Circuit 600 has hysteresis to recover the 1-bit Σ/Δ pattern in the presence of input wave form DC (average value) shifts that are a function of the bit pattern. This effect is known in the art as baseline wander. The differential output is taken at terminals 620 and 622 of operational amplifier 608. Vsg is set at ½ the power supply voltage of the circuit.
In accordance with the embodiment of FIG. 5, essentially no analog circuitry remains on the low voltage side of the interface circuit. The use of digital filters provides convenient control of the transfer functions simply by the programming of digital filter coefficients (e.g., via a digital signal processor) and provides a greater range of operation than analog filters. Thus, a single interface circuit can be adapted for use in different countries with different requirements simply by reprogramming the digital filter coefficients. The digital filters may be constructed of dedicated hardware with only the coefficients being programmable. Alternately, the digital filters may be implemented in a digital signal processor.
Although the invention has been described herein with respect to an interface circuit between a low voltage side and a line side of a telephone network, it should be understood that the invention has much broader application and can be used in connection with other voltage isolation boundary crossing circuits.
For instance, the use of an extended feedback loop and capacitive coupling across a high voltage isolation boundary in accordance with the present invention also can be applied to the interface circuit disclosed in U.S. patent application Ser. No. 08/866,510 (Attorney Reference No. Embree 37-6-8-4) entitled Interface Devices Providing Electrical Isolation filed May 30, 1997, incorporated herein by reference. Even further, although the present invention is particularly well-suited for use as an interface between user terminal equipment and a switched telephone network, the circuit topology disclosed herein can be applied to other interface situations requiring isolation and impedance matching between the end user terminal equipment and the interconnected network.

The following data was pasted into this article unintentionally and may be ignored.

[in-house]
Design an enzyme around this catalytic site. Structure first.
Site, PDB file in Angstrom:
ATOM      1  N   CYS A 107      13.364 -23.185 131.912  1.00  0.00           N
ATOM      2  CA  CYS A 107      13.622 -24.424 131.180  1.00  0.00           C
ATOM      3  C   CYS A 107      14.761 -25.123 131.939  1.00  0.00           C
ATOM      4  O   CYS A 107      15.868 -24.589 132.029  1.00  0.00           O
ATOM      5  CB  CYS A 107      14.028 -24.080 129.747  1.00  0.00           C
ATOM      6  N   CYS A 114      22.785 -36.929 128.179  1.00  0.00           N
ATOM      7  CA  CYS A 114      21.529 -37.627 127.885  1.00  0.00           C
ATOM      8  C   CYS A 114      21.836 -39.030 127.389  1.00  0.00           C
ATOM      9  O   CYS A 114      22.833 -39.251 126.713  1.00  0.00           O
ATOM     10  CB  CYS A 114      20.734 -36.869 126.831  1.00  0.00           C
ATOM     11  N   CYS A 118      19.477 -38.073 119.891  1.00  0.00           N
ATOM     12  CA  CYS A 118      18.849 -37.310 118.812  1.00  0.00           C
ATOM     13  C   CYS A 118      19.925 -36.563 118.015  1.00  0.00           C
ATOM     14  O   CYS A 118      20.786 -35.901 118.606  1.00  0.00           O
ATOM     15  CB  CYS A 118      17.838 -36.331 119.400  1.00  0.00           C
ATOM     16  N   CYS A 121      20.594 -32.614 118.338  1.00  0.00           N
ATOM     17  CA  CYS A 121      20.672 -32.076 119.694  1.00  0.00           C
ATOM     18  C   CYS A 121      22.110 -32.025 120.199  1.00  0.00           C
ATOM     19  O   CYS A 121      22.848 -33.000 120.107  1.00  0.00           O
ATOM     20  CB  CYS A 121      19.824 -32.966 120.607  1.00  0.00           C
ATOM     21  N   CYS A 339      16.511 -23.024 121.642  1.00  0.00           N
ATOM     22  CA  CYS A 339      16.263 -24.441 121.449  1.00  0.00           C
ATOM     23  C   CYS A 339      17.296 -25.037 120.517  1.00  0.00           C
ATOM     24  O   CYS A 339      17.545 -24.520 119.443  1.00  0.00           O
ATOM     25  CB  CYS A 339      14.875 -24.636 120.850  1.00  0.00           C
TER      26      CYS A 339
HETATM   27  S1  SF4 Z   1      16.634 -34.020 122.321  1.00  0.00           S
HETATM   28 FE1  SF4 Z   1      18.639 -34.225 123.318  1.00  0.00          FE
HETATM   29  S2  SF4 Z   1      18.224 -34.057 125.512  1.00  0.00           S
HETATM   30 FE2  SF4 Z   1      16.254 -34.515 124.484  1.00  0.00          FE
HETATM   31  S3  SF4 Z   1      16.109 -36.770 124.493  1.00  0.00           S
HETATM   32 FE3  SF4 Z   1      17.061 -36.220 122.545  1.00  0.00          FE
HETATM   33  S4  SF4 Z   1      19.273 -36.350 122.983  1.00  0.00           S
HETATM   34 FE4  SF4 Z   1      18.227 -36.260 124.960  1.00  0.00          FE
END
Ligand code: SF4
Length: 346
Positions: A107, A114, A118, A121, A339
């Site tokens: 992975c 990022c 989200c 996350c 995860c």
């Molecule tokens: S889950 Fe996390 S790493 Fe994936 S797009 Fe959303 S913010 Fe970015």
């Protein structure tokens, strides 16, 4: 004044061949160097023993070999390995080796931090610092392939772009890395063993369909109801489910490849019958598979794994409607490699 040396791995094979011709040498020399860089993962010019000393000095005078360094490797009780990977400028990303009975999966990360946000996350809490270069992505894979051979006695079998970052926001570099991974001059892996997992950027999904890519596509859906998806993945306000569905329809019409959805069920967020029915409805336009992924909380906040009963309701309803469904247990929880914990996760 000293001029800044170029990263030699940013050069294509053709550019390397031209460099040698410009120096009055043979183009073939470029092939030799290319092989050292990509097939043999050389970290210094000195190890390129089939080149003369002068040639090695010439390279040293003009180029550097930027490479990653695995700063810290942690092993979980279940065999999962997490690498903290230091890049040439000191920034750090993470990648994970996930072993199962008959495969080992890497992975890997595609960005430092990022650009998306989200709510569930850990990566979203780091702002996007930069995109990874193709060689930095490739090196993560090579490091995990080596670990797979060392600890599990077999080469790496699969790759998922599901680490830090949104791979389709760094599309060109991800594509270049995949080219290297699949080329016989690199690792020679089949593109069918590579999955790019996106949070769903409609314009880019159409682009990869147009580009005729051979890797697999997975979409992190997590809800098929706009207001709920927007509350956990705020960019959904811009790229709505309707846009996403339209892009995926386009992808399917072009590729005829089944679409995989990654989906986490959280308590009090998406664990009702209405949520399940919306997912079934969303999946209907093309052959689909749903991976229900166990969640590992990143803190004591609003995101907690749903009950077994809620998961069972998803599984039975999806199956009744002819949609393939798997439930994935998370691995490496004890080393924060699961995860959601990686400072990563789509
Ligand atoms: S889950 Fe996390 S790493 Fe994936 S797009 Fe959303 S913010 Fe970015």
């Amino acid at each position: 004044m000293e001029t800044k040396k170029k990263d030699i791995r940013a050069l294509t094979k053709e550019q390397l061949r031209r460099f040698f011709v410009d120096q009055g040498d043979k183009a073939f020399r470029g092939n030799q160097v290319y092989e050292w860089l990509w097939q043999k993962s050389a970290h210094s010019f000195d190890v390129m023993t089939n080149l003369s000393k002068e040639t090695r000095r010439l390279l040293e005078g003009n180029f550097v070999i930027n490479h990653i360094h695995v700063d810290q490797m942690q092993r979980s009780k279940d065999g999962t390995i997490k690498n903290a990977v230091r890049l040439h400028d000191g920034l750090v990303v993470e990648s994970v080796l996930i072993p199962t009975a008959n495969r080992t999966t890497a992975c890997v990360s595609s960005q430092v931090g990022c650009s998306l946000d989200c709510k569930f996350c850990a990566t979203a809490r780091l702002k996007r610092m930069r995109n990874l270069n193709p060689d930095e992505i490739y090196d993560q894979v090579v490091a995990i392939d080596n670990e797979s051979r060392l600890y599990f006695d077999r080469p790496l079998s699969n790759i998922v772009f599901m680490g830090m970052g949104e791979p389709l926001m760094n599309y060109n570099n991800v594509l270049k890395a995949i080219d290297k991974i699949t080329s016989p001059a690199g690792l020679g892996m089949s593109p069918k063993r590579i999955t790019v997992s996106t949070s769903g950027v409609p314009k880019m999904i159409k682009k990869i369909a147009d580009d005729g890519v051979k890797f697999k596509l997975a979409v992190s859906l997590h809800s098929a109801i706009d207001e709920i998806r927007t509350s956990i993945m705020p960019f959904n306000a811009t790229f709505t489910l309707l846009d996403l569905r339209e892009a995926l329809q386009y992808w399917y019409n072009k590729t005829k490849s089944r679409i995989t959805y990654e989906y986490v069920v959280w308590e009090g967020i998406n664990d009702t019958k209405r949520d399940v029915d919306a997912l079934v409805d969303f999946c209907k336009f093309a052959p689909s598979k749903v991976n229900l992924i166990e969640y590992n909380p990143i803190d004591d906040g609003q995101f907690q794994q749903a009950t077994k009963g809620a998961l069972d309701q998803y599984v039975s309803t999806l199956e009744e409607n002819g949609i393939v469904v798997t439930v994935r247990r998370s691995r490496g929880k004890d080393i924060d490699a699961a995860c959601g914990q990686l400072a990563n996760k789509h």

Having thus described a few particular embodiments of the invention, various alterations, modifications, and improvements will readily occur to those skilled in the art. Such alterations, modifications and improvements as are made obvious by this disclosure are intended to be part of this description though not expressly stated herein, and are intended to be within the spirit and scope of the invention. Accordingly, the foregoing description is by way of example only, and not limiting. The invention is limited only as defined in the following claims and equivalents thereto.
|Cited Patent||Filing date||Publication date||Applicant||Title|
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|US5875235 *||Mar 7, 1997||Feb 23, 1999||S3, Incorporated||Transformerless data access arrangement|
|US6275581 *||Mar 10, 1998||Aug 14, 2001||Agere Systems Guardian Corp.||Extended feedback circuit employing capacitive coupling and sampled data filters|
|Citing Patent||Filing date||Publication date||Applicant||Title|
|US7852247||Sep 28, 2007||Dec 14, 2010||Texas Instruments Incorporated||Mixed-signal filter|
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|U.S. Classification||379/398, 379/394|
|International Classification||H04M1/74, H04M3/00|
|Cooperative Classification||H04M1/745, H04M3/005|
|European Classification||H04M1/74P, H04M3/00L|
|Jan 6, 2006||FPAY||Fee payment|
Year of fee payment: 4
|Jan 4, 2010||FPAY||Fee payment|
Year of fee payment: 8
|Dec 11, 2013||FPAY||Fee payment|
Year of fee payment: 12
|May 8, 2014||AS||Assignment|
Owner name: DEUTSCHE BANK AG NEW YORK BRANCH, AS COLLATERAL AG
Free format text: PATENT SECURITY AGREEMENT;ASSIGNORS:LSI CORPORATION;AGERE SYSTEMS LLC;REEL/FRAME:032856/0031
Effective date: 20140506
|Apr 3, 2015||AS||Assignment|
Owner name: AVAGO TECHNOLOGIES GENERAL IP (SINGAPORE) PTE. LTD
Free format text: ASSIGNMENT OF ASSIGNORS INTEREST;ASSIGNOR:AGERE SYSTEMS LLC;REEL/FRAME:035365/0634
Effective date: 20140804